Each year a tree’s growth ring has two parts; one is wide and light colored, and the other is narrow and dark. This grows during the wet spring and early summer when the tree has a lot of sap, and the cambium cells giving rise to the trunk growth are large and thin walled.As the summer winds down and the transition to the cooler autumn occurs, the tree’s growth rate slows.Welcome and thank you for visiting the Science of Tree Rings web pages, designed to be the ULTIMATE source for information on the science of Dendrochronology.I've designed these pages to be easily understood by people at all levels of education, from elementary school students to high school students, from first grade teachers to college professors.This page does not attempt to cover the details of wood formation that make tree rings possible, but rather provides an overview of common wood characteristics and anomalies that you will need to identify when you are crossdating.Variation in these rings is due to variation in environmental conditions when they were formed.Many people think that the Science of Tree Rings web site is supported completely by my university. I do all the web page information searching, coding, and designing at home in my home office in my free time, which likely amounts so far to thousands of hours of personal time. In fact, if you buy anything after linking to Amazon through my stores, I still receive a small percentage.I paid for the Microsoft Expression Web Pro and Dreamweaver CS5 software, my Macbook Pro laptop (also running Windows 7 via VMware), my Dropbox Pro account, high-speed Internet and home wireless, wireless printer, and all the "hidden" overhead (paper, cartridges, electricity), even the extra server space needed for the many files! I'd like to keep these tree-ring web pages online for another 20 years! First, click on the "A to Z Index" button to the upper left for a comprehensive list of items available from these pages.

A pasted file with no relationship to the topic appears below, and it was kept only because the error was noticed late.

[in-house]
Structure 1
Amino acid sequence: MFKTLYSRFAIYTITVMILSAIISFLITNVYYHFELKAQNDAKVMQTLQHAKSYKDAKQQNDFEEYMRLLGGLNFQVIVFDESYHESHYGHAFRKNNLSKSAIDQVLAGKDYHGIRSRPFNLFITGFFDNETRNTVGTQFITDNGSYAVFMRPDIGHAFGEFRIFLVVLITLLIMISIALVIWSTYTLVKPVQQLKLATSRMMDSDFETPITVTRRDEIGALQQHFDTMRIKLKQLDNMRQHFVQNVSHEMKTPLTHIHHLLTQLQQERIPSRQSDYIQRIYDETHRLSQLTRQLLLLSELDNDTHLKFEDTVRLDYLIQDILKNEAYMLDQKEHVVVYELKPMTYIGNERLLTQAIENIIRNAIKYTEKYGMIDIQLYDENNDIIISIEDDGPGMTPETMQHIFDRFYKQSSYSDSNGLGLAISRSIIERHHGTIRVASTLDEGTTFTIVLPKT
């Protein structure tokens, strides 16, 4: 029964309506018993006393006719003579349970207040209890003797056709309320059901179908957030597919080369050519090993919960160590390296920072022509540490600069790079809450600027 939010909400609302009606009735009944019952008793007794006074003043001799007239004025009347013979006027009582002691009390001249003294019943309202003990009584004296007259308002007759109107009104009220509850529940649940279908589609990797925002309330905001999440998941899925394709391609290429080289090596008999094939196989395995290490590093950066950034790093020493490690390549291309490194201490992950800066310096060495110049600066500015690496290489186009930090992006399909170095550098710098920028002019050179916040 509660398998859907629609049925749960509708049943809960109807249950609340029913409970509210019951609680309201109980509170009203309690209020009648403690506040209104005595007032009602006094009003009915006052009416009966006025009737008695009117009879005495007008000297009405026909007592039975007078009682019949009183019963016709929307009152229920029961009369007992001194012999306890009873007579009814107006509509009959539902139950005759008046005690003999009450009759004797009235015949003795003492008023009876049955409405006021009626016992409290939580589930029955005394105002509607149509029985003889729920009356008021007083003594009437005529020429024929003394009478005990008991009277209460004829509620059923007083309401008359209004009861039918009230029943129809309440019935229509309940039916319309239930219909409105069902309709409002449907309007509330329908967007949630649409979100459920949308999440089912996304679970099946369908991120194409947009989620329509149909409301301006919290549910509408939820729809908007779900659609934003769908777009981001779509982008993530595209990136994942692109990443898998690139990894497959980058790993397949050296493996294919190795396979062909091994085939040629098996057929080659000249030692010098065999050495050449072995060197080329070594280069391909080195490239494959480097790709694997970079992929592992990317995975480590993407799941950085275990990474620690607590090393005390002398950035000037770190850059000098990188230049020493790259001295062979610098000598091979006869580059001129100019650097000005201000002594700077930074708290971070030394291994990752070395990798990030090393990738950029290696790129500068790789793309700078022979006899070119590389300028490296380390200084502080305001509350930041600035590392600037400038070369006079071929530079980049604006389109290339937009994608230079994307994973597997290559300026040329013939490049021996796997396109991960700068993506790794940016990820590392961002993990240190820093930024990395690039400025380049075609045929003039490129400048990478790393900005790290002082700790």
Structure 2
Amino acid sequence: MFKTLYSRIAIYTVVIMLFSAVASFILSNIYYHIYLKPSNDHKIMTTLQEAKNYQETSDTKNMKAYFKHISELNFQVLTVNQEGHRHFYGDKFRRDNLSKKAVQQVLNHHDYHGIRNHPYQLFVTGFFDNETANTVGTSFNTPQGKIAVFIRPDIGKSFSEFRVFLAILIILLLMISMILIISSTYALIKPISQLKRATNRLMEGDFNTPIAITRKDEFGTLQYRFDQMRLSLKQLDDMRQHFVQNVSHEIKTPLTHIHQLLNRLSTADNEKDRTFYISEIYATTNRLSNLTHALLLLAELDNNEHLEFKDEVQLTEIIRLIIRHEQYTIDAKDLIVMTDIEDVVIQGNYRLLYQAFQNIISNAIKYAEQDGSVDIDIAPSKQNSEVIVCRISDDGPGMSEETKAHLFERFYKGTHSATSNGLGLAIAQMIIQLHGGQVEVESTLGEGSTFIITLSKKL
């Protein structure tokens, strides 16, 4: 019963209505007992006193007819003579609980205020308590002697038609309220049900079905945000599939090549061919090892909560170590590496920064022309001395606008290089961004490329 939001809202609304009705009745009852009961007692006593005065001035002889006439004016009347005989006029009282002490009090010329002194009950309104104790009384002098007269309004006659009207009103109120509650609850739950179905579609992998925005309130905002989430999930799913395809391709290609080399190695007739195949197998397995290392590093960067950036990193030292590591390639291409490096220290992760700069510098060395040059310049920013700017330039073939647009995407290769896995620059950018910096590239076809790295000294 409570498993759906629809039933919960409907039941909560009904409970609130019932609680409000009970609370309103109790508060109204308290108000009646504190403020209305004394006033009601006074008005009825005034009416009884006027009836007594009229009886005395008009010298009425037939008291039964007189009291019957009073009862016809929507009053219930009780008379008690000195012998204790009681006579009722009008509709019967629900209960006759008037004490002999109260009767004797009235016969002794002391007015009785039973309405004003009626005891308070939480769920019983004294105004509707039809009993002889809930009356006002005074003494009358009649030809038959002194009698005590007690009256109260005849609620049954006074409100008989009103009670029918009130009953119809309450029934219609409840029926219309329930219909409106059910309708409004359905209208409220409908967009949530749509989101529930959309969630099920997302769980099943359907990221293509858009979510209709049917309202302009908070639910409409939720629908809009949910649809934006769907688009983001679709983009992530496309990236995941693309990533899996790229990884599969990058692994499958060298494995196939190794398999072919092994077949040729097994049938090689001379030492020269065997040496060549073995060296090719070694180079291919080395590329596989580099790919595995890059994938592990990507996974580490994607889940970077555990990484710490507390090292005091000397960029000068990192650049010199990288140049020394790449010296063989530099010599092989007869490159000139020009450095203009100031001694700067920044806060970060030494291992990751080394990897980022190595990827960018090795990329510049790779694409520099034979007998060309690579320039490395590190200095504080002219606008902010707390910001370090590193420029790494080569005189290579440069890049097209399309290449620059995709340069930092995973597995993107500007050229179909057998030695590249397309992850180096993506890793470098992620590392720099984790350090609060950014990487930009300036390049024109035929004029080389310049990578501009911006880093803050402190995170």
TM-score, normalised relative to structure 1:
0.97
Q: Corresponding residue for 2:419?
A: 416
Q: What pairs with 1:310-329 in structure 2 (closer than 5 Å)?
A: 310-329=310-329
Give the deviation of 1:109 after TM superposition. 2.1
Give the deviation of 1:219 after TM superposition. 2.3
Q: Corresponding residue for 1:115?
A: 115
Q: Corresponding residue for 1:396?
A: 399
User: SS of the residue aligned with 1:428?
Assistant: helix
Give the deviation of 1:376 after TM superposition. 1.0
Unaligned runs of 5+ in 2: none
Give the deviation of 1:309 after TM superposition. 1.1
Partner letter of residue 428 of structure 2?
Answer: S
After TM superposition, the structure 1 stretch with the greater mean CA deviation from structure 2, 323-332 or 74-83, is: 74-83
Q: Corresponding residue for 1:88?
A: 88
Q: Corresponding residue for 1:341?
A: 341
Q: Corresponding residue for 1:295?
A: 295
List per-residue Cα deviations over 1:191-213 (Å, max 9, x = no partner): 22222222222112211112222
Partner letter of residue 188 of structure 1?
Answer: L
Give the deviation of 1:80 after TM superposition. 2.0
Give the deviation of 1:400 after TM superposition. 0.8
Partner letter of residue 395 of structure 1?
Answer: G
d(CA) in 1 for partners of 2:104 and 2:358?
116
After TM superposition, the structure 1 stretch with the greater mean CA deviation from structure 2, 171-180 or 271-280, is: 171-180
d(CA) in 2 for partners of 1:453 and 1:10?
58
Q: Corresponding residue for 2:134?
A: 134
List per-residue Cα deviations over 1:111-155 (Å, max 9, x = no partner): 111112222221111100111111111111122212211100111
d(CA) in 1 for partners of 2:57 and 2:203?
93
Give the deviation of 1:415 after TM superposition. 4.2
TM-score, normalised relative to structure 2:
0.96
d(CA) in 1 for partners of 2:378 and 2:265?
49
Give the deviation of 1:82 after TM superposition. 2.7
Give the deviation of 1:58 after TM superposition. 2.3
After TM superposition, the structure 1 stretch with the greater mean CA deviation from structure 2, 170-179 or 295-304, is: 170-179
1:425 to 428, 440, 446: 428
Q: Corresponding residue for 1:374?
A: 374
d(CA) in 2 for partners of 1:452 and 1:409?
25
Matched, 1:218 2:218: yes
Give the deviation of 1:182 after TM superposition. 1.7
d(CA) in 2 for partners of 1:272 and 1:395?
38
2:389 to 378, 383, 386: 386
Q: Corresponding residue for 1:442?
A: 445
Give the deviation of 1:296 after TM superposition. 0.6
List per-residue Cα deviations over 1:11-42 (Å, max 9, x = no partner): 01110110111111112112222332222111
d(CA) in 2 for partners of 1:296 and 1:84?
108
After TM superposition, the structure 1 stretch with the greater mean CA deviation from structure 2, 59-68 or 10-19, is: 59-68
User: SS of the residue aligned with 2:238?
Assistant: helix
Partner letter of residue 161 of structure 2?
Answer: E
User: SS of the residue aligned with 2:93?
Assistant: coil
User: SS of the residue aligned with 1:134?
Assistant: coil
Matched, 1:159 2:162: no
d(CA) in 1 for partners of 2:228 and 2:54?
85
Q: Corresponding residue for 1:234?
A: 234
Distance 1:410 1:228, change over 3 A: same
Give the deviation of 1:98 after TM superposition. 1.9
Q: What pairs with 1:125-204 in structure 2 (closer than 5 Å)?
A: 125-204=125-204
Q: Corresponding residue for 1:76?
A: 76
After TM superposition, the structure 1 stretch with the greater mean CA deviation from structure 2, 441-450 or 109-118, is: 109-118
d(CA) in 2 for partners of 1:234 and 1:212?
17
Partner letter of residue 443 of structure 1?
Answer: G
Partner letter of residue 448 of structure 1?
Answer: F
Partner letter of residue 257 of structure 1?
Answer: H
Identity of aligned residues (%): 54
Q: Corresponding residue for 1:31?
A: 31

Dendrochronologists demand the assignment of a single calendar year to a single ring.
Much can be learned about a species of tree and its environment by discovering its age, and researchers employ several methods to date trees.
The most common, most accurate way to find the age of a tree is to count the number of rings visible when their trunk is cut horizontally.
This results in the cambium cells becoming smaller and thicker-walled.
By winter, when the sap finally stops flowing, a smooth dark ring marks the end of the tree’s annual growth.